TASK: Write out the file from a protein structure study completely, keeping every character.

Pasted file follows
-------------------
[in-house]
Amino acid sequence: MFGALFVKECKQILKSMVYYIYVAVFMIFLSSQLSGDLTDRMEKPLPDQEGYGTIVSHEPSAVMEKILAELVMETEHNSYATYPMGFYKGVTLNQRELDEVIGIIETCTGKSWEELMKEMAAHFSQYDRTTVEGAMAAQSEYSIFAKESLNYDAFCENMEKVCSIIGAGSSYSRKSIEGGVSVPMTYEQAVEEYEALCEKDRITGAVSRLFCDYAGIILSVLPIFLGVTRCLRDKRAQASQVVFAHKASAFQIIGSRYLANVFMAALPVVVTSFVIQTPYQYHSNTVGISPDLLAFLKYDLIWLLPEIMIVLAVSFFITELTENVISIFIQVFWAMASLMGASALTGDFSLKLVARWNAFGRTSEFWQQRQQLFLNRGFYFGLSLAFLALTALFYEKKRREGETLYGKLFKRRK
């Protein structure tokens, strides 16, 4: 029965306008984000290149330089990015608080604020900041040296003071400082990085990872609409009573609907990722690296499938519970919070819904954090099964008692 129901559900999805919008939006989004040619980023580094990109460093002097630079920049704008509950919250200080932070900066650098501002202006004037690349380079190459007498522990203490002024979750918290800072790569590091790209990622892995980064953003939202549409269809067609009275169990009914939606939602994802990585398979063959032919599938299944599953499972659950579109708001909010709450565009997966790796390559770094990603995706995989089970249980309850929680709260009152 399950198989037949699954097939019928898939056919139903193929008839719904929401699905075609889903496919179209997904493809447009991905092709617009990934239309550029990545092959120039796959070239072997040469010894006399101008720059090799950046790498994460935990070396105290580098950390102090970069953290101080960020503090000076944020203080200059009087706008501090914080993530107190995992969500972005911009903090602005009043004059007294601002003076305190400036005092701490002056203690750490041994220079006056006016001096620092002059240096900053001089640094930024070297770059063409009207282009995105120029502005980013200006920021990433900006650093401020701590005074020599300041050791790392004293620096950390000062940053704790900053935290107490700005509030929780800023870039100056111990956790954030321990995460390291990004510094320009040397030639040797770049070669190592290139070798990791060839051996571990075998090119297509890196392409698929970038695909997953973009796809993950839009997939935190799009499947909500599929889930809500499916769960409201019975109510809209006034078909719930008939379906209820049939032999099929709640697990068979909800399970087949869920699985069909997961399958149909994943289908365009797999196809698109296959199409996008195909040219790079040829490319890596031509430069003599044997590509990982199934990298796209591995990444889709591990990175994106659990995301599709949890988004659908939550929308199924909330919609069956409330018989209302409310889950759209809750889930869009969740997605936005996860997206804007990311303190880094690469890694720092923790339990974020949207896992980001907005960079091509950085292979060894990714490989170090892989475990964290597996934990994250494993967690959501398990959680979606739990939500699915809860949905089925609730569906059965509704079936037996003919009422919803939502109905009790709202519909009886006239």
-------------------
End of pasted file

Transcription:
[in-house]
Amino acid sequence: MFGALFVKECKQILKSMVYYIYVAVFMIFLSSQLSGDLTDRMEKPLPDQEGYGTIVSHEPSAVMEKILAELVMETEHNSYATYPMGFYKGVTLNQRELDEVIGIIETCTGKSWEELMKEMAAHFSQYDRTTVEGAMAAQSEYSIFAKESLNYDAFCENMEKVCSIIGAGSSYSRKSIEGGVSVPMTYEQAVEEYEALCEKDRITGAVSRLFCDYAGIILSVLPIFLGVTRCLRDKRAQASQVVFAHKASAFQIIGSRYLANVFMAALPVVVTSFVIQTPYQYHSNTVGISPDLLAFLKYDLIWLLPEIMIVLAVSFFITELTENVISIFIQVFWAMASLMGASALTGDFSLKLVARWNAFGRTSEFWQQRQQLFLNRGFYFGLSLAFLALTALFYEKKRREGETLYGKLFKRRK
């Protein structure tokens, strides 16, 4: 029965306008984000290149330089990015608080604020900041040296003071400082990085990872609409009573609907990722690296499938519970919070819904954090099964008692 129901559900999805919008939006989004040619980023580094990109460093002097630079920049704008509950919250200080932070900066650098501002202006004037690349380079190459007498522990203490002024979750918290800072790569590091790209990622892995980064953003939202549409269809067609009275169990009914939606939602994802990585398979063959032919599938299944599953499972659950579109708001909010709450565009997966790796390559770094990603995706995989089970249980309850929680709260009152 399950198989037949699954097939019928898939056919139903193929008839719904929401699905075609889903496919179209997904493809447009991905092709617009990934239309550029990545092959120039796959070239072997040469010894006399101008720059090799950046790498994460935990070396105290580098950390102090970069953290101080960020503090000076944020203080200059009087706008501090914080993530107190995992969500972005911009903090602005009043004059007294601002003076305190400036005092701490002056203690750490041994220079006056006016001096620092002059240096900053001089640094930024070297770059063409009207282009995105120029502005980013200006920021990433900006650093401020701590005074020599300041050791790392004293620096950390000062940053704790900053935290107490700005509030929780800023870039100056111990956790954030321990995460390291990004510094320009040397030639040797770049070669190592290139070798990791060839051996571990075998090119297509890196392409698929970038695909997953973009796809993950839009997939935190799009499947909500599929889930809500499916769960409201019975109510809209006034078909719930008939379906209820049939032999099929709640697990068979909800399970087949869920699985069909997961399958149909994943289908365009797999196809698109296959199409996008195909040219790079040829490319890596031509430069003599044997590509990982199934990298796209591995990444889709591990990175994106659990995301599709949890988004659908939550929308199924909330919609069956409330018989209302409310889950759209809750889930869009969740997605936005996860997206804007990311303190880094690469890694720092923790339990974020949207896992980001907005960079091509950085292979060894990714490989170090892989475990964290597996934990994250494993967690959501398990959680979606739990939500699915809860949905089925609730569906059965509704079936037996003919009422919803939502109905009790709202519909009886006239």